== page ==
A team from the International Atomic Energy Agency (IAEA) is visiting Japan from this Monday to review plans on the discharge of contaminated and treated water from the Fukushima nuclear power plant which is scheduled to start in 2023.
Some members of the team arrived in the Asian country on Monday, where they will remain until the 21st, to coordinate the activities and meetings of the visit, which will be concentrated next week with the arrival in Japan of the director of the Technological Security Coordination Office and Physics of the IAEA, Gustavo Caruso.
Caruso heads the mission of representatives of the agency and other international experts who will be in Japan between February 14 and 18 to review the feasibility and safety of the dumping plan, reported the Ministry of Foreign Affairs in a statement.
The IAEA team “will hold meetings with the relevant ministries and with the Tokyo Electric Power (Tepco) company to address coordination on water management”, and will visit the damaged Fukushima nuclear power plant, before appearing in public at the end of the trip, a government spokesman confirmed to Efe.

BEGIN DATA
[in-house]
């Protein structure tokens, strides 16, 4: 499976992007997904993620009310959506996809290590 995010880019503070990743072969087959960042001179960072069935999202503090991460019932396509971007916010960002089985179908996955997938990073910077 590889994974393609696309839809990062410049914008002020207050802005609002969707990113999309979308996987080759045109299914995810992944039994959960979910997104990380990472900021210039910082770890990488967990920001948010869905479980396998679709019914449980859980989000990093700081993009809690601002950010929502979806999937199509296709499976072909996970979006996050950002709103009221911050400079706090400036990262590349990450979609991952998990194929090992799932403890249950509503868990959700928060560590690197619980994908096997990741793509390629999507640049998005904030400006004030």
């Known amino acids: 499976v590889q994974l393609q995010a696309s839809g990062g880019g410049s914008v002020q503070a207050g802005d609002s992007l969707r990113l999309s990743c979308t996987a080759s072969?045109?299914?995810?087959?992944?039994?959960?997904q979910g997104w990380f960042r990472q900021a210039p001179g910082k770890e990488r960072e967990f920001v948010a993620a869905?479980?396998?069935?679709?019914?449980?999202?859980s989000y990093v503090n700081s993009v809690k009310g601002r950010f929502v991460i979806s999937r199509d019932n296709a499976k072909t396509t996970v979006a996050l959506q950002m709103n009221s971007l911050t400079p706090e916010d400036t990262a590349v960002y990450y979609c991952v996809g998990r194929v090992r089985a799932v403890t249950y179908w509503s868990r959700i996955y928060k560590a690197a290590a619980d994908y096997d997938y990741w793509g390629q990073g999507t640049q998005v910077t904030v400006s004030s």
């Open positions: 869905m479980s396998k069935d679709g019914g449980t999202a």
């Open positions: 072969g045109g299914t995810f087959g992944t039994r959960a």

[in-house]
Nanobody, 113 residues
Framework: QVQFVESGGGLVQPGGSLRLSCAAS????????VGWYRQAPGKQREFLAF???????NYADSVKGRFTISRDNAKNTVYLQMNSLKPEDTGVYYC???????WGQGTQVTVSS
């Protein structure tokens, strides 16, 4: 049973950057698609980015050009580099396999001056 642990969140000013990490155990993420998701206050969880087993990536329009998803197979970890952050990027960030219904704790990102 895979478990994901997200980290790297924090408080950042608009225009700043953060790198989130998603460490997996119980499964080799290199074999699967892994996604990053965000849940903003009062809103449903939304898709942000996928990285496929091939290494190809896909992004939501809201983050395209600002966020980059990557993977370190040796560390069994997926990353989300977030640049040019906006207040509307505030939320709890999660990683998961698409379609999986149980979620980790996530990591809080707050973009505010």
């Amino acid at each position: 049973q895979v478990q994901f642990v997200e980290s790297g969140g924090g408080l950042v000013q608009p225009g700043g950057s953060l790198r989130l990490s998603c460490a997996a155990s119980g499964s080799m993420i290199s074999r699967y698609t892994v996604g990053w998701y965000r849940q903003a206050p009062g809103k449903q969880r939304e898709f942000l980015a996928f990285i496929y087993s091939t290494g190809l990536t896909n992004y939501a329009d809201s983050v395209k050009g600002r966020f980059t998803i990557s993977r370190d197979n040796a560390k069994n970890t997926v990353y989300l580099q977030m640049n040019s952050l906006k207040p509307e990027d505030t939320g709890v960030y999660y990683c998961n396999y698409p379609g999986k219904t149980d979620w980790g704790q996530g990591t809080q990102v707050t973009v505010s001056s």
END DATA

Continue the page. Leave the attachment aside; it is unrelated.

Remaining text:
The team was scheduled to visit the country last December, but the trip was postponed due to the spread of the highly transmissible omicron variant of COVID.
The Japanese government announced last April its plans to dump the contaminated water used to cool the damaged reactor cores at the Fukushima Daiichi plant into Pacific waters, after treating it to remove most of the radioactive elements, a process that It is scheduled to start in 2023.
Japan’s plans have been strongly opposed by local fishing communities, whose activities have failed to return to levels prior to the 2011 atomic accident, as well as by neighboring countries such as China and South Korea, which are wary of security. of the spill.
Japan spent years deliberating on this controversial measure, which is mainly aimed at solving the problem of the accumulation of radioactive water in the Fukushima facilities, one of the most pressing issues in its dismantling.
This water, stored in huge tanks, comes from the cooling of the reactors, as well as from underground aquifers and from rain that leaks and ends up contaminated with radioactive isotopes.
The liquid is treated with a processing system that eliminates most of the radioactive materials considered dangerous, with the exception of tritium, an isotope present in nature, although in low concentration.
The Japanese authorities maintain that the spill will not generate any risk to human health because the levels of tritium released into the sea will be below national health standards (when mixed with seawater) and defend that this is a common practice in the industry. nuclear from other countries.
(with information from EFE)
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